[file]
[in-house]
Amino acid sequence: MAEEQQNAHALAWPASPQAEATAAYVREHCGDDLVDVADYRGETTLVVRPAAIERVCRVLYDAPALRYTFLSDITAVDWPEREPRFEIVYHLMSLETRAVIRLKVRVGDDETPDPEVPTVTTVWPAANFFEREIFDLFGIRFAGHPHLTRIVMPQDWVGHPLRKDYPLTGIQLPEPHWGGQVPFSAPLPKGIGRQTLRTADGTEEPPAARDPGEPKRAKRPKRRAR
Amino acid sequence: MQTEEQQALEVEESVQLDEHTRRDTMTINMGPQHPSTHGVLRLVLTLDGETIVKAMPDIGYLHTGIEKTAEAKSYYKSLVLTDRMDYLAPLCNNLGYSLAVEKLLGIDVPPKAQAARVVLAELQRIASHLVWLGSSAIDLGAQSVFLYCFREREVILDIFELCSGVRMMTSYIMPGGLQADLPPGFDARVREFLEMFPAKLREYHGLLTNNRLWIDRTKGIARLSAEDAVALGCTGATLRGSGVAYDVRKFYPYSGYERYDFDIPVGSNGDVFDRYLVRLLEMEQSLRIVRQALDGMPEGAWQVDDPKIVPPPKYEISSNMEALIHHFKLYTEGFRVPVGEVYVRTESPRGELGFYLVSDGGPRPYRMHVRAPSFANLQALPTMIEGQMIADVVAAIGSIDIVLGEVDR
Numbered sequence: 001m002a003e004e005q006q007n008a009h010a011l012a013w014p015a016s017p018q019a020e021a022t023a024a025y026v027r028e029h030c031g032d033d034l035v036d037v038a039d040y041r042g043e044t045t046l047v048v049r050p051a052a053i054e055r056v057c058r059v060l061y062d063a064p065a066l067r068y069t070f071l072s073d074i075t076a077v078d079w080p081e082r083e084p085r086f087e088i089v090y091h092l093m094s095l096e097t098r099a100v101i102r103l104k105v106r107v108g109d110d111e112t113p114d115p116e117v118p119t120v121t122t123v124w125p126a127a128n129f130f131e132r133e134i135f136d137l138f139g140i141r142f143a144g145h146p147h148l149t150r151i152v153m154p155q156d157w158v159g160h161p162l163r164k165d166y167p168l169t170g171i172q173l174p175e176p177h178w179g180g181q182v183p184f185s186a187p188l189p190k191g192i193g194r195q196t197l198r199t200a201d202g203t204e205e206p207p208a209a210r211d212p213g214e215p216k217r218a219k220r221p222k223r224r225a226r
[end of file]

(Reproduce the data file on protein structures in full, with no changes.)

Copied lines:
[in-house]
Amino acid sequence: MAEEQQNAHALAWPASPQAEATAAYVREHCGDDLVDVADYRGETTLVVRPAAIERVCRVLYDAPALRYTFLSDITAVDWPEREPRFEIVYHLMSLETRAVIRLKVRVGDDETPDPEVPTVTTVWPAANFFEREIFDLFGIRFAGHPHLTRIVMPQDWVGHPLRKDYPLTGIQLPEPHWGGQVPFSAPLPKGIGRQTLRTADGTEEPPAARDPGEPKRAKRPKRRAR
Amino acid sequence: MQTEEQQALEVEESVQLDEHTRRDTMTINMGPQHPSTHGVLRLVLTLDGETIVKAMPDIGYLHTGIEKTAEAKSYYKSLVLTDRMDYLAPLCNNLGYSLAVEKLLGIDVPPKAQAARVVLAELQRIASHLVWLGSSAIDLGAQSVFLYCFREREVILDIFELCSGVRMMTSYIMPGGLQADLPPGFDARVREFLEMFPAKLREYHGLLTNNRLWIDRTKGIARLSAEDAVALGCTGATLRGSGVAYDVRKFYPYSGYERYDFDIPVGSNGDVFDRYLVRLLEMEQSLRIVRQALDGMPEGAWQVDDPKIVPPPKYEISSNMEALIHHFKLYTEGFRVPVGEVYVRTESPRGELGFYLVSDGGPRPYRMHVRAPSFANLQALPTMIEGQMIADVVAAIGSIDIVLGEVDR
Numbered sequence: 001m002a003e004e005q006q007n008a009h010a011l012a013w014p015a016s017p018q019a020e021a022t023a024a025y026v027r028e029h030c031g032d033d034l035v036d037v038a039d040y041r042g043e044t045t046l047v048v049r050p051a052a053i054e055r056v057c058r059v060l061y062d063a064p065a066l067r068y069t070f071l072s073d074i075t076a077v078d079w080p081e082r083e084p085r086f087e088i089v090y091h092l093m094s095l096e097t098r099a100v101i102r103l104k105v106r107v108g109d110d111e112t113p114d115p116e117v118p119t120v121t122t123v124w125p126a127a128n129f130f131e132r133e134i135f136d137l138f139g140i141r142f143a144g145h146p147h148l149t150r151i152v153m154p155q156d157w158v159g160h161p162l163r164k165d166y167p168l169t170g171i172q173l174p175e176p177h178w179g180g181q182v183p184f185s186a187p188l189p190k191g192i193g194r195q196t197l198r199t200a201d202g203t204e205e206p207p208a209a210r211d212p213g214e215p216k217r218a219k220r221p222k223r224r225a226r